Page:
Halloween is around the corner, so I decided to make a book list consisting of scary books. Since I am into classics lately, I dug into google and excavated some good old horror books. Who says Halloween has to be about ghosts and creatures of the dark only? In my list, I have books featuring unearthly creatures, portraying characters with twisted minds and depicting dystopian societies. Here are my 10 classic spooky reads for Halloween, 5 of which I’ve read and 5 yet to read:
1. Dracula – Bram Stoker
This is the most popular vampire story that almost everyone has heard of. What I love about this book is the brilliant writing style. Bram Stoker presents the story in the form of epistles, i.e., diary entries written by various characters. If you watched the movie and thought Count Dracula is a romantic character, this book will change your mind. In fact, I’d recommend it to young adults who love vampires as a reality check.
2. The Phantom of the Opera – Gaston Leroux
This one is on my To-Be-Read (TBR) list for quite a long time. After watching random clips from the movie and the title track’s performance by various artists, I am guessing that this is the tale of a ghost who haunts an opera house and tries to be the guardian angel of our heroine. If you are interested in watching a performance of the song, I’d recommend the ones where Christine is played by Sierra Boggess, Sarah Brightman, Nicole Scherzinger or Emmy Rossum. My favourite Phantom is hands down Ramin Karimloo.
3. Picture of Dorian Gray – Oscar Wilde
Technically, I’m not sure if you can call this a horror story in the regular sense, but you can definitely call it a psychological horror. Oscar Wilde blends dark themes with witty dialogues that make you ponder about societal norms. This is a must-read book that will definitely change one’s perspective.
4. The Call of Cthulhu – H.P. Lovecraft
One cannot call themselves a horror fan without tasting a book by Lovecraft, which is why I have been too afraid to pick this one up. Cthulhu is a cosmic being who is described as looking like an octopus, a dragon, and a caricature of the human form. That does not sound very scary, right? Except, this book is supposed to be terrifying. People say it will literally give you chills. For this reason, I might never read this book, but I’ll still put it on my TBR, in case I ever feel brave enough to read it.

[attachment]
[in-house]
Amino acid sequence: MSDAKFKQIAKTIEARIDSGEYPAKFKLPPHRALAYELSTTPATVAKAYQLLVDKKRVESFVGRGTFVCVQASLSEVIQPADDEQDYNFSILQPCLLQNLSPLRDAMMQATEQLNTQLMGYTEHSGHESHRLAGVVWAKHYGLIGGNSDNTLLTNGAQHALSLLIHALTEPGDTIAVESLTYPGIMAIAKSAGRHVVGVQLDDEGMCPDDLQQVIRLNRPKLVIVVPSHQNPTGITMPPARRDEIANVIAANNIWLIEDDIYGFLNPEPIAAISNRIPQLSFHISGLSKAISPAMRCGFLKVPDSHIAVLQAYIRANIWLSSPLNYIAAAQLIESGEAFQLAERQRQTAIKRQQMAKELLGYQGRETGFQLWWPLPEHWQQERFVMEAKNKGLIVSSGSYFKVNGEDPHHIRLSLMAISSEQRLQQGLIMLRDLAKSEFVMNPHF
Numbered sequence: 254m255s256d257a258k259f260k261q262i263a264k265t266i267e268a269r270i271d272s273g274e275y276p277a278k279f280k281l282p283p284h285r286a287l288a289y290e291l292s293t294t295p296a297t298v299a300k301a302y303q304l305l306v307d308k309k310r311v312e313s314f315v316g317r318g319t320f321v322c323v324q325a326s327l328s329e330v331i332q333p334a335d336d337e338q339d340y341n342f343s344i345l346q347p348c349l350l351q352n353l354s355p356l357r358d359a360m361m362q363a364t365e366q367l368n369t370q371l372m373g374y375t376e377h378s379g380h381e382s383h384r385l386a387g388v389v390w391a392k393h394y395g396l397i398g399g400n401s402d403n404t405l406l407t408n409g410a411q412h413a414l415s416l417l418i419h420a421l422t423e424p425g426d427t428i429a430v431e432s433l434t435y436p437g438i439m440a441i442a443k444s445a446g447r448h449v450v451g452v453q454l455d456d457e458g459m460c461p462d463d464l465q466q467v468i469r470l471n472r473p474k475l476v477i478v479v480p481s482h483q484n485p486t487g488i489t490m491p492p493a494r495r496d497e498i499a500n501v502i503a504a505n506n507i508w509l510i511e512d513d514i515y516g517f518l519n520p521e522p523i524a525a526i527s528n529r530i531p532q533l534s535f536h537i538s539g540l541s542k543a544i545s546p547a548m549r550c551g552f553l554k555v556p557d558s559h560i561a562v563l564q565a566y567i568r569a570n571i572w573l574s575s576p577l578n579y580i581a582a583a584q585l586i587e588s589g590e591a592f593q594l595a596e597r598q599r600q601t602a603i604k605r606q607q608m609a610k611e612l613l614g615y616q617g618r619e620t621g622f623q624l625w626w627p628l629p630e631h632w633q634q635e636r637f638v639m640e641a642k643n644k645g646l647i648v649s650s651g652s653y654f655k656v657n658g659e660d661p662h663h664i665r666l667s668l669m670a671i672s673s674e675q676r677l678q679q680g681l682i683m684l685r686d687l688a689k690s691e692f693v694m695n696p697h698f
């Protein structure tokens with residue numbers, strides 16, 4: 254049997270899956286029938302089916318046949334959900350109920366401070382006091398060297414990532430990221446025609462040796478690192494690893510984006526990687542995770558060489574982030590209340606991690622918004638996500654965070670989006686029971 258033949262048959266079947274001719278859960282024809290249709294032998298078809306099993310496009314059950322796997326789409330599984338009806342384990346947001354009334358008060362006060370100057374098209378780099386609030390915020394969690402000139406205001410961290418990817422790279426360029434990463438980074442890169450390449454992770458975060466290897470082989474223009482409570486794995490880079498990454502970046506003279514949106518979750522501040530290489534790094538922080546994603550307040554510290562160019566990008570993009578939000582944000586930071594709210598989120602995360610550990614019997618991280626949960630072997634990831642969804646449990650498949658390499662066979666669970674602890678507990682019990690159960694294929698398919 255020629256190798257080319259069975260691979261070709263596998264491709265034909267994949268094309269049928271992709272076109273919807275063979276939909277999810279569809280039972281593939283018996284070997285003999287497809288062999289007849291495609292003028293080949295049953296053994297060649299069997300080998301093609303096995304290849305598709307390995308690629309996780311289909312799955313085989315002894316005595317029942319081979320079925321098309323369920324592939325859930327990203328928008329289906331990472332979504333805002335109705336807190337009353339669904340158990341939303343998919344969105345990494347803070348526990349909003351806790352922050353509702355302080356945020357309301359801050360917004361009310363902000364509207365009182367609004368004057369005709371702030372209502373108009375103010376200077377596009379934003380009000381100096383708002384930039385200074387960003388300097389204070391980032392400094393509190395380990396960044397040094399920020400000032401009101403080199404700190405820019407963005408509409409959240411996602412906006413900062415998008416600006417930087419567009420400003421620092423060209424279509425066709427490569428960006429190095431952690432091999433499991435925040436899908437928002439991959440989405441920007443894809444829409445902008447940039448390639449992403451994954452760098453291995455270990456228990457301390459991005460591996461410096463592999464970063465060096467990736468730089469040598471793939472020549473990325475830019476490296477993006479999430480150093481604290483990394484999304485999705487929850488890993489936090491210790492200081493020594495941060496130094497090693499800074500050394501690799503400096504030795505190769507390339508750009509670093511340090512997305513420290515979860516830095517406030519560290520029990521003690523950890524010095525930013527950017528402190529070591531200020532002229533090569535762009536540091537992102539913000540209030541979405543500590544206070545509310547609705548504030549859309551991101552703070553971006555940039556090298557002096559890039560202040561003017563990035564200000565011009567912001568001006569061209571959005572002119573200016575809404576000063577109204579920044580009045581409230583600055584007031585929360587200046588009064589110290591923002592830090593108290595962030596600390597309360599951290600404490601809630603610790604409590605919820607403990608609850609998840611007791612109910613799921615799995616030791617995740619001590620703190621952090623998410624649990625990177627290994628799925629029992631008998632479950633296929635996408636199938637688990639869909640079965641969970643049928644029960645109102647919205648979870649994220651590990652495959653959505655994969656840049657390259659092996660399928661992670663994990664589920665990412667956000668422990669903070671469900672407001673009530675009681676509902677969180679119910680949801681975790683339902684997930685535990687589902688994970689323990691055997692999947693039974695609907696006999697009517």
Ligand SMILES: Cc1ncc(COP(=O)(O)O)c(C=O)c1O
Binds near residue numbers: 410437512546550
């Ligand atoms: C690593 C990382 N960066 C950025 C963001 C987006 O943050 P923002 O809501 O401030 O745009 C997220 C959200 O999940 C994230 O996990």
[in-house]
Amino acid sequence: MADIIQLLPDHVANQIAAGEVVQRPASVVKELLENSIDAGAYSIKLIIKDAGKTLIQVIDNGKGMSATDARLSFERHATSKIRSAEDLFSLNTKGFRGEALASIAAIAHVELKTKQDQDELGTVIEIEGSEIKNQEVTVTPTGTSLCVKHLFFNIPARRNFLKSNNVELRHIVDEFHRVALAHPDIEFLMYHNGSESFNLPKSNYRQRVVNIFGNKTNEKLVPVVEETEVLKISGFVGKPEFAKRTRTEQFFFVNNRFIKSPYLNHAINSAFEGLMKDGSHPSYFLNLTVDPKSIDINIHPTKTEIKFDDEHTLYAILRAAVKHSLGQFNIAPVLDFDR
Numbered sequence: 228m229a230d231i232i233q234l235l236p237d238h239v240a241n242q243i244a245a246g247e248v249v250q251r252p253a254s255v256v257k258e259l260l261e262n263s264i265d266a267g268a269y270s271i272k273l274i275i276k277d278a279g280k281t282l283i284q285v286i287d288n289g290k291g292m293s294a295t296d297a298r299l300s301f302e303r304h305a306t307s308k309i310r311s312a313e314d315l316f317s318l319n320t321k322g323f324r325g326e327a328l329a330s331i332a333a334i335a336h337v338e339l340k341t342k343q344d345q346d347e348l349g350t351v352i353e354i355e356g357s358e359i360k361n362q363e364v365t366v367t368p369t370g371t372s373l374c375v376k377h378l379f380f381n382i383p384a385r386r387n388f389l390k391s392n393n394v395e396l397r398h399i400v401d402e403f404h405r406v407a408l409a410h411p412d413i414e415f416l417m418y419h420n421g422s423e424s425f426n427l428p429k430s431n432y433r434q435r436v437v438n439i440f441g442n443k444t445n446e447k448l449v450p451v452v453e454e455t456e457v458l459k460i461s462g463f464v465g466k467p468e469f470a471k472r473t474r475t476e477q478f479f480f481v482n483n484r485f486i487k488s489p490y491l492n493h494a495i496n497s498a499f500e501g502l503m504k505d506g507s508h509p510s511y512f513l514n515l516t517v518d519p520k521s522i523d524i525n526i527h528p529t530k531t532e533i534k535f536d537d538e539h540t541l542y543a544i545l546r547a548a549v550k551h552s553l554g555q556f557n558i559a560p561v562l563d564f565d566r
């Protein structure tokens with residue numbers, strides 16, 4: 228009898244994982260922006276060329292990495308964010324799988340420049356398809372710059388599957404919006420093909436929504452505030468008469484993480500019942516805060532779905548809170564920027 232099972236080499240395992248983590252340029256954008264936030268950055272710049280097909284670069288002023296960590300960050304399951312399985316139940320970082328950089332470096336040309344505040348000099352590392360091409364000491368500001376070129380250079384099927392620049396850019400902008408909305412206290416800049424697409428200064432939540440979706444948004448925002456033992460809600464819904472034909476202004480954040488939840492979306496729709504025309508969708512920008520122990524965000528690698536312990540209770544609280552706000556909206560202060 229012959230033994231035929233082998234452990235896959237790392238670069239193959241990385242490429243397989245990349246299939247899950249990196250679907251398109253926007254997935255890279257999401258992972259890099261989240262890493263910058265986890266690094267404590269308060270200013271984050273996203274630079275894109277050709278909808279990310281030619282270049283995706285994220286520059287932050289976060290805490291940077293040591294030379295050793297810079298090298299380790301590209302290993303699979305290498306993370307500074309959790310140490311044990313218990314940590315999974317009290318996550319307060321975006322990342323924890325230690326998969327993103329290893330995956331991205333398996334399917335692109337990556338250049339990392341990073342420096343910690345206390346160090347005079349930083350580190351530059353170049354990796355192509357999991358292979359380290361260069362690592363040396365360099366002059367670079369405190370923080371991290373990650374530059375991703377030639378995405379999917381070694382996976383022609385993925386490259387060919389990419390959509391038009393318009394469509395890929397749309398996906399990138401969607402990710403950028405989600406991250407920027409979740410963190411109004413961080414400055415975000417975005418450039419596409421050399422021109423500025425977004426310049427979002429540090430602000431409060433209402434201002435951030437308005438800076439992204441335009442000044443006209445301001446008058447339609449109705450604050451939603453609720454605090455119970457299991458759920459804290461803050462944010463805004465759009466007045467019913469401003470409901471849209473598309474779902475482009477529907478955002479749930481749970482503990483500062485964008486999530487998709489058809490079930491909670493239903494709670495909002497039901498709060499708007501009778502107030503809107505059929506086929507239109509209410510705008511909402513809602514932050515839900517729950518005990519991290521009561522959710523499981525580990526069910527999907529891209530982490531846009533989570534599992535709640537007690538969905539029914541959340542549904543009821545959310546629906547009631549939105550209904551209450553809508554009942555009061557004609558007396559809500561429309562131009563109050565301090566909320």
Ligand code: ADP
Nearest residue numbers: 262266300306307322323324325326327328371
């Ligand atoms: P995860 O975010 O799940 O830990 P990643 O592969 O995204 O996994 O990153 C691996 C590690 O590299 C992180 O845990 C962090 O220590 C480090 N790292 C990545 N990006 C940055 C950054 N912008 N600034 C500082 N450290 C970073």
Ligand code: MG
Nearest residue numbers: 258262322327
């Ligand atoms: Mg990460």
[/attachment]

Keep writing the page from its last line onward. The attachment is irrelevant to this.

5. The Tell-Tale Heart – Edgar Allan Poe
Anything by Edgar Allan Poe is dark and scary, but this one takes home the trophy. It was weird, creepy, dark, evil and extremely well written. I couldn’t sleep for a couple of days because every time I closed my eyes I could see a beating heart.
6. The Strange Case of Dr.Jekyll and Mr.Hyde – Robert Louis Stevenson
I am slightly ashamed to say that I have not read this book yet. Honestly, every single person I know has read this or at least knows the story. Based on the summary of the book, I reckon it features a twisted alter ego of a goody-two-shoes man. Sounds like a perfect fit for a thrilling Halloween read.
7. 1984 – George Orwell
Featuring a world where the government scrutinizes every action of every human being and has the ability to twist the truth and change the history on a whim, this book is the epitome of dystopia. It was such a scary read that it put me in a state of shock for weeks. No ghosts, no scary creatures (other than humans), no magic, but definitely scary.
8. The Haunting of Hill House – Shirley Jackson
Yet another popular book that has been recommended to me by so many people. Since this book has the reputation of being one of the best-written ghost stories ever, and I happen to be a scaredy-cat who has nightmares after watching the mildest horror movies, I will not be picking this up now, but will eventually get to reading it.
9. Brave New World – Aldous Huxley
This book is often seen recommended along with 1984. While 1984 is evidently a dystopia and shows the problems of a strictly policed society where even thinking against the government is a crime, Brave new world seems like a utopia but then turns out to be a dystopia. It shows you that a world designed to be perfect may not be so perfect after all. Recommended reading right after 1984 for the stark contrast.
10. Frankenstein – Mary Wollstonecraft Shelley
Another book I’m embarrassed to admit that I have not read yet, but better late than never, right? I don’t even have to give any detail about this book since it is pretty well known. It seems to have mixed reviews. Well, there is only one way to find out if I’ll like it and what better day to read about a man-made monster than on Halloween!
If you are someone who likes to listen to music while reading to set the mood, I’d recommend the Danse Macabre by Camille Saint-Saëns. It is THE Halloween music. A link to my favourite rendition below:
What better way to enjoy a classic horror book than with a piece of classic creepy music? And yes, like many classical pieces, you may find it boring at first, but it will grow on you.
Have you read any of these books? Did you find them scary? If you are a horror lover, drop me more suggestions that are not too scary, you know, the ones that just barely made it into the horror list.